They call him the “herb man.” Since the 1970s, James Steele was Gainesville’s first local provider of herbs.
Perched behind the Gainesville Farm Fresh stand at the Union Street Farmers’ Market downtown every Wednesday afternoon, rocking a ponytail and a thick white beard, Steele is confident that if people need herbs, they’ll come to him.
“One can’t ask for more, to make a living doing what you love,” he said. “And what I love is to grow things and pass that knowledge onto others.”
After 39 years of growing, seeding, composting, harvesting, canning, preserving, harvesting eggs, baking breads and quiches for bartering and teaching, Steele continues to grow herbs and vegetables. He’s the man behind Gainesville Farm Fresh, an online community market that promotes sustainability by connecting farmers with consumers.
“James promotes the idea of buying locally produced food,” said Pat Stevens, a fellow grower and a close friend of Steele. “He is both computer savvy and personable and is able to get his message across to people on a one-to-one basis or through his websites.”
Steele was recently elected to join the board of directors at Gainesville’s Citizens Co-op, a soon-to-open grocery store that provides its members with affordable food, freshly delivered from local farms. His role is to directly connect growers to the board, answer any questions people might have about selling their goods to the co-op and generally act as the “in-between man.”
But really, who is this elusive man, and how did he become the person he is today?
Steele’s journeys in Europe ultimately taught him what he really wanted to do with his life. In the 1960s, he received a degree in surveying law and traveled the world as a mapmaker for the U.S. military. His time in Amsterdam led him to shift his primary focus to herbs (no, not that kind).
He met a man in Amsterdam who had a shop filled with dried teas, fruits and a variety of spices. Steele remembers scooping up some of the herbs, taking a whiff and being in awe. He lived in Europe for a few more years and made a decision.
“I’m going back home, getting my degree in horticulture and making herbs my profession,” he said.
Now he sits downtown every Wednesday afternoon, eager to chat with his customers. Steele appreciates the Gainesville culture of college kids and people of all ages who really seem to push for a tight-knit community and a thriving local economy.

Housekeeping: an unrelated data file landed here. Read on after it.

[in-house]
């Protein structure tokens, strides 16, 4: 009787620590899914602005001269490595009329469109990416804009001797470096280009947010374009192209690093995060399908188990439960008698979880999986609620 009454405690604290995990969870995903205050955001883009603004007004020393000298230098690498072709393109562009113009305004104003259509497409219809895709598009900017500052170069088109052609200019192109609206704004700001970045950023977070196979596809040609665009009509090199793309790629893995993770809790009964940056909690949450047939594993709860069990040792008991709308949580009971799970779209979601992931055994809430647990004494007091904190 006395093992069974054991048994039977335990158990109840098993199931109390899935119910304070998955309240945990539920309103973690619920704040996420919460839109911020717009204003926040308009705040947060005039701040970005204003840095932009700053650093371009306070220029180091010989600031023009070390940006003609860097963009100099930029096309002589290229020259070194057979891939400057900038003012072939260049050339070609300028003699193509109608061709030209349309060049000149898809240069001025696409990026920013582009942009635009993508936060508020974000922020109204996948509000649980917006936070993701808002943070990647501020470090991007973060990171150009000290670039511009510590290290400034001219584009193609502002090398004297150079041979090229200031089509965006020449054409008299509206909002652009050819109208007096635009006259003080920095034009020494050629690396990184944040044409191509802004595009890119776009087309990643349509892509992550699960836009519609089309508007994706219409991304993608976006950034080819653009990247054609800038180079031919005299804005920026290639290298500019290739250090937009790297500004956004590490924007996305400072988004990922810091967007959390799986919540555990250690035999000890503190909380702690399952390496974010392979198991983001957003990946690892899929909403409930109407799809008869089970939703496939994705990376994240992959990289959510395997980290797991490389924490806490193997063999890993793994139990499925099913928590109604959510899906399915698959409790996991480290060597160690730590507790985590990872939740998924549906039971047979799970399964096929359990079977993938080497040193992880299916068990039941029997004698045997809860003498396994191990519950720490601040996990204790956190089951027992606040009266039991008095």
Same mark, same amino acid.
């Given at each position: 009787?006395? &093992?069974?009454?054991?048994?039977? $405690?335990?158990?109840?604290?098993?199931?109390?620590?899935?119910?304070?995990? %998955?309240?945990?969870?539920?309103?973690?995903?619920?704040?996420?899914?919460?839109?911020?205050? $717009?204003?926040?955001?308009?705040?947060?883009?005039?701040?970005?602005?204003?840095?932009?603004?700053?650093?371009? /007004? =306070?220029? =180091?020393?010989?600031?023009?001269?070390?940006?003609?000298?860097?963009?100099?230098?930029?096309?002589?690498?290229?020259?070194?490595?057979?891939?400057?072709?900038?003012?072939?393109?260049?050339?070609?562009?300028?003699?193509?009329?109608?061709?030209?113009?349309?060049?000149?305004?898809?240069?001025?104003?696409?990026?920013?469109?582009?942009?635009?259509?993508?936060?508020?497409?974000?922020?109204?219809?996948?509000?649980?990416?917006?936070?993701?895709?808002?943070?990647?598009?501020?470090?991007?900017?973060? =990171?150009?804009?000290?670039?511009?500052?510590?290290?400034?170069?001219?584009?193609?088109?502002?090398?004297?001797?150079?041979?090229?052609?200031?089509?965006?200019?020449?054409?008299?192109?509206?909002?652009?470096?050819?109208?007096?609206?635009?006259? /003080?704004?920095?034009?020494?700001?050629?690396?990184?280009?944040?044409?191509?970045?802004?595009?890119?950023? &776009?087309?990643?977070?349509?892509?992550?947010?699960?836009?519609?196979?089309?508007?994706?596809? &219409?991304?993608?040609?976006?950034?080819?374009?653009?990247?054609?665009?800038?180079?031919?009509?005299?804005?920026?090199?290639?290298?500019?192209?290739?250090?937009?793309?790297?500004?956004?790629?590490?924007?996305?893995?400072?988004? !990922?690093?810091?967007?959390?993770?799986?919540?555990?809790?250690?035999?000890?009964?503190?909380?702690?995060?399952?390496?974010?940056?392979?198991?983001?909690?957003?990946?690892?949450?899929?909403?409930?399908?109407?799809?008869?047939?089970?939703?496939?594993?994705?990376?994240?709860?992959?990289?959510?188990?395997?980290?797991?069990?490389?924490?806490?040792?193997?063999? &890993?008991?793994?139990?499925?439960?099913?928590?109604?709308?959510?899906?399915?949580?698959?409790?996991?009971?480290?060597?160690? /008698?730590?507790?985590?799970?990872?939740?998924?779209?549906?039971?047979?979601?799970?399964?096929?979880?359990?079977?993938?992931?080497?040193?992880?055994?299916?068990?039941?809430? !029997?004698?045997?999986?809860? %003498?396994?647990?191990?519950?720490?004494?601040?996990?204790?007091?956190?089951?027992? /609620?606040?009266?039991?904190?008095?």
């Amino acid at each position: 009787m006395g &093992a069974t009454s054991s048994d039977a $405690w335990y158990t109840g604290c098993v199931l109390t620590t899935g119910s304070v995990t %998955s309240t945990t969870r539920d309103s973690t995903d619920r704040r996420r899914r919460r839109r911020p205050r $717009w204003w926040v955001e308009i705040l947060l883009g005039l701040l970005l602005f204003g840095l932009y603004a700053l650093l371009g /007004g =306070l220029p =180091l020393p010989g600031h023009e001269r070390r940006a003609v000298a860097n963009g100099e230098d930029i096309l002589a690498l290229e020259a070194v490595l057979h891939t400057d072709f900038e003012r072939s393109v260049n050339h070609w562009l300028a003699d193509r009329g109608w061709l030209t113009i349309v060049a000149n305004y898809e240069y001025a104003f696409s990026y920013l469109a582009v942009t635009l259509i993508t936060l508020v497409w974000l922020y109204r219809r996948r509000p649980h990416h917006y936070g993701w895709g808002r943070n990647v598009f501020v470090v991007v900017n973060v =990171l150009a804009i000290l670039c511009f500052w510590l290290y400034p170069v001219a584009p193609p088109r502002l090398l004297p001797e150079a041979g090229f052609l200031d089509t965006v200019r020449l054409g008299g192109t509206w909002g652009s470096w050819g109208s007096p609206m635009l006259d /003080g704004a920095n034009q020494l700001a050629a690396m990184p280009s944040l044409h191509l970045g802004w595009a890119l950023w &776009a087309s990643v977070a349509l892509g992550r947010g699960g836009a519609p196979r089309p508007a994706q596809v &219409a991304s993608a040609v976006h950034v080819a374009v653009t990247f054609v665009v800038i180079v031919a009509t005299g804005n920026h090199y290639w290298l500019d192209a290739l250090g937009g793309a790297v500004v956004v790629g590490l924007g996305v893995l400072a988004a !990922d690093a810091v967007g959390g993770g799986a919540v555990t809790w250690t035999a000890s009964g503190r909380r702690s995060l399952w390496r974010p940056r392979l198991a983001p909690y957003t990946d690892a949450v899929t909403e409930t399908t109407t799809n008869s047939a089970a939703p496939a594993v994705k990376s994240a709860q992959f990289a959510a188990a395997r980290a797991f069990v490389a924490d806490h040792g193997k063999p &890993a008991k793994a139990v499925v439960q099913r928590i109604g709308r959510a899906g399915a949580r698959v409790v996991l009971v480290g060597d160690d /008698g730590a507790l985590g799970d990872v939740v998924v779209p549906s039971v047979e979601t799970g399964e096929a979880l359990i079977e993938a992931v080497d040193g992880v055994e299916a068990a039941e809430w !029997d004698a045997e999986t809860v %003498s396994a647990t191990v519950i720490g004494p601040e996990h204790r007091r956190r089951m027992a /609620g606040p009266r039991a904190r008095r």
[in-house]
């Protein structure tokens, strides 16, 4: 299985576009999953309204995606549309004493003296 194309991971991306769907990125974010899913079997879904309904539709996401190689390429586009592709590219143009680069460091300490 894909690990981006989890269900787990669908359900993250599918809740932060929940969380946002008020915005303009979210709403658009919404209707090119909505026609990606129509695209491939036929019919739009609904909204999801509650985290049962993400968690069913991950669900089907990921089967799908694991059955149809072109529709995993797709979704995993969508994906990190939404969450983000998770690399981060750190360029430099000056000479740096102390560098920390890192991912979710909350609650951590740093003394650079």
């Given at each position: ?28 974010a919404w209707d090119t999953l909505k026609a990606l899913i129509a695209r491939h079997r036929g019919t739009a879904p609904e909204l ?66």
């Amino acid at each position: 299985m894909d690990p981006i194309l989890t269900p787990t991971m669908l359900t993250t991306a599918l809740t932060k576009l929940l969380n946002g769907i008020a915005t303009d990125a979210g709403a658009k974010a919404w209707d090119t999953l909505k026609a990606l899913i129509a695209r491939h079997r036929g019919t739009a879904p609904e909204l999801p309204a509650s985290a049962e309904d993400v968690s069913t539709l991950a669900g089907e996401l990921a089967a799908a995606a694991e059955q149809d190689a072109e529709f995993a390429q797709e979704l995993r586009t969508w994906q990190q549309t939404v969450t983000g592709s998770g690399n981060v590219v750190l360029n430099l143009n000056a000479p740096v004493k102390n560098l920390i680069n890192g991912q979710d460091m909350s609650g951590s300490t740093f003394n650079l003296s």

Steele manages The Herb Garden in Melrose, supplying north central Florida with herbs since 1989. Besides hopping between farmers’ markets and managing his multimedia website, Steele teaches gardening classes and works as a chef at a restaurant in Melrose. The Whole Earth Catalogue, Mother Earth News and Organic Gardening Magazine have guided his pursuit of living closer to the earth.
Steele wants consumers to understand the external costs of shopping at a corporate supermarket, where products are shipped over great distances, with high carbon footprints, and sold cheaply as a result of extensive government subsidies. He’s not judgmental or preachy by any means, but he believes education would lead many people to support their local economies.
“Soon, I’m going to get some chickens,” Steele said, excited to take control over where his food and resources come from. His passion for nature, herbs and local food has shaped his lifestyle, but it’s not the only thing he lives for. Steele has a son, a musician in Gainesville, and a daughter, a model in Los Angeles.
He can disprove the notion that older people aren’t technologically savvy like the ‘young-ins’ around him. He does web design not only for his own sites, but also for a handful of local bands. He’ll whip out his iPhone to show a video clip of his daughter in one of P!nk’s music videos shot in the streets of L.A. He’s exceptionally proud that his daughter played a character in the “So What” video (check it out on YouTube).
Steele recommends living in the moment and never looking back.
“That’s all we have,” he said. “Just live your life with no regrets. I never regret a thing that I do. But don’t slack off. That’s what I’m always telling my kids.”
At the thought of slowing down or retiring, Steele insists that he’s got to keep sharp and stay active in the game or else someone else will come in and take over the herbs.
It’s Steele’s game though. He’s the father of the trade and loves to see the people he’s taught over the years come around and sell their own stuff at the market. The name James Steele floats around the community plaza. Other vendors say, “Oh yeah, I know James. Everybody knows James around here.”
“I’ll always be growing herbs,” he said. “That’s me.”